Strong spatial and temporal turnover of soil bacterial communities in South Africa's hyperdiverse fynbos biome
Le Roux, J.J.
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Soil bacteria play an important role in ecosystem functioning and regulate the health and diversity of aboveground plant communities. South Africa's fynbos vegetation, part of a global biodiversity hotspot with a well-characterised flora, is highly threatened and fragmented. Surprisingly, very little is known about the belowground communities that underlie the region's exceptional botanical diversity. Next-generation sequencing was used to investigate the diversity and composition of soil bacterial communities spanning diverse fynbos sites and across different seasons, and how these relate to spatial and environmental attributes. Fynbos soils were characterised by high bacterial diversities and strong spatial turnover, i.e. unique bacterial assemblages at sites, characterised by specific dominant taxa (e.g. Acidobacteria for acidic soils, Actinobacteria for alkaline soils). This turnover was largely driven by differences in abiotic soil conditions (particularly pH and NH4+) and spatial separation. Seasonality also played a significant role in shaping fynbos soil bacterial community diversity and composition. The high diversity and turnover of fynbos soil bacterial communities mirrors previously reported diversity patterns of aboveground plant communities, often also driven by abiotic soil conditions. Thus, future habitat degradation and loss that alter abiotic soil conditions could strongly affect these bacterial communities, a crucial component of the functioning of both below- and aboveground terrestrial ecosystems.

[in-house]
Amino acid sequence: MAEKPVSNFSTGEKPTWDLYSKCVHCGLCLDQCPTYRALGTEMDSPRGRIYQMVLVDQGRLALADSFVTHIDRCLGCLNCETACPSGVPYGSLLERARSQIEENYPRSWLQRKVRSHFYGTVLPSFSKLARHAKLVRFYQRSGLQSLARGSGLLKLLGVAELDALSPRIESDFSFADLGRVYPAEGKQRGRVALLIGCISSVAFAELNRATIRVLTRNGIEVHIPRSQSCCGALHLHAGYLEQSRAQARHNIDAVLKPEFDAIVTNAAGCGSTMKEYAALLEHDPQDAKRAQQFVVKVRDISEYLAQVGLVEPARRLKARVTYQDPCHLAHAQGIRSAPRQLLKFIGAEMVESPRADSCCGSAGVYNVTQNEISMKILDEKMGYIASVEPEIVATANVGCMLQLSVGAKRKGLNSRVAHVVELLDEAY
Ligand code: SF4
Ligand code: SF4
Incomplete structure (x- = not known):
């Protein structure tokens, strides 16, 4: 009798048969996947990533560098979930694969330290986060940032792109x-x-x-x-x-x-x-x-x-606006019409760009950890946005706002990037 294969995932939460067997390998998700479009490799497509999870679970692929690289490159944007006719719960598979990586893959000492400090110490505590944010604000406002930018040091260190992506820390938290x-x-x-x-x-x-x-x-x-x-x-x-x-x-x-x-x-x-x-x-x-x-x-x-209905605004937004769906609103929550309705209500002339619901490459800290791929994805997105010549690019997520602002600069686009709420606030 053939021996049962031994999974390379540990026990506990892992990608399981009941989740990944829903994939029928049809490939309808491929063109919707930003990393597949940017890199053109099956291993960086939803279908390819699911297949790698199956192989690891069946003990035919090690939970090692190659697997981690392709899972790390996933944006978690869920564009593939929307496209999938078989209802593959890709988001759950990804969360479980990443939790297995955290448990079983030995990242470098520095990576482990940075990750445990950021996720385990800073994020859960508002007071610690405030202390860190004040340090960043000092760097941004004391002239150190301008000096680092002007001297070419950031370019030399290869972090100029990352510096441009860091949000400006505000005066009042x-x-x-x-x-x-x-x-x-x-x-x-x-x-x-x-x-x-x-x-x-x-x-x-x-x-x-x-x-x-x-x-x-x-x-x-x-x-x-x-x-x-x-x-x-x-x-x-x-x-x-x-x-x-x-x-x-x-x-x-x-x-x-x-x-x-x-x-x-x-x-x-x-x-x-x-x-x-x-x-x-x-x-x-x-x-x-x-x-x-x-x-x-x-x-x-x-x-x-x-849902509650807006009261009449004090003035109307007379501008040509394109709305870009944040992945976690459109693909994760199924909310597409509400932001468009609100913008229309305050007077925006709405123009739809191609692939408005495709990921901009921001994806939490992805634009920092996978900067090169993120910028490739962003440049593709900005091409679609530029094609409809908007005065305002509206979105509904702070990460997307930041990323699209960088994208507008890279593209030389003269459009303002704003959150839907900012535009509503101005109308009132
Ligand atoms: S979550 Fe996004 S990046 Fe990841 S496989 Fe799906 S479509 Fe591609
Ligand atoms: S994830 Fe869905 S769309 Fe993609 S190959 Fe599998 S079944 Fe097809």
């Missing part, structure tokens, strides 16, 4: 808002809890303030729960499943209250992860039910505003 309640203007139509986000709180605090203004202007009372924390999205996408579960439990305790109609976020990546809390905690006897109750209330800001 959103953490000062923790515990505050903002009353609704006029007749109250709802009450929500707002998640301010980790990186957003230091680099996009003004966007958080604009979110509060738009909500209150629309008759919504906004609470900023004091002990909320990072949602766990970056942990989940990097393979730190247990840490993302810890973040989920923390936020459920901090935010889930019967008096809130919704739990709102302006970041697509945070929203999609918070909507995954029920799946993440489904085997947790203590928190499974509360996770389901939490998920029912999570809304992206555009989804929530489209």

- RESEARCH: Hui C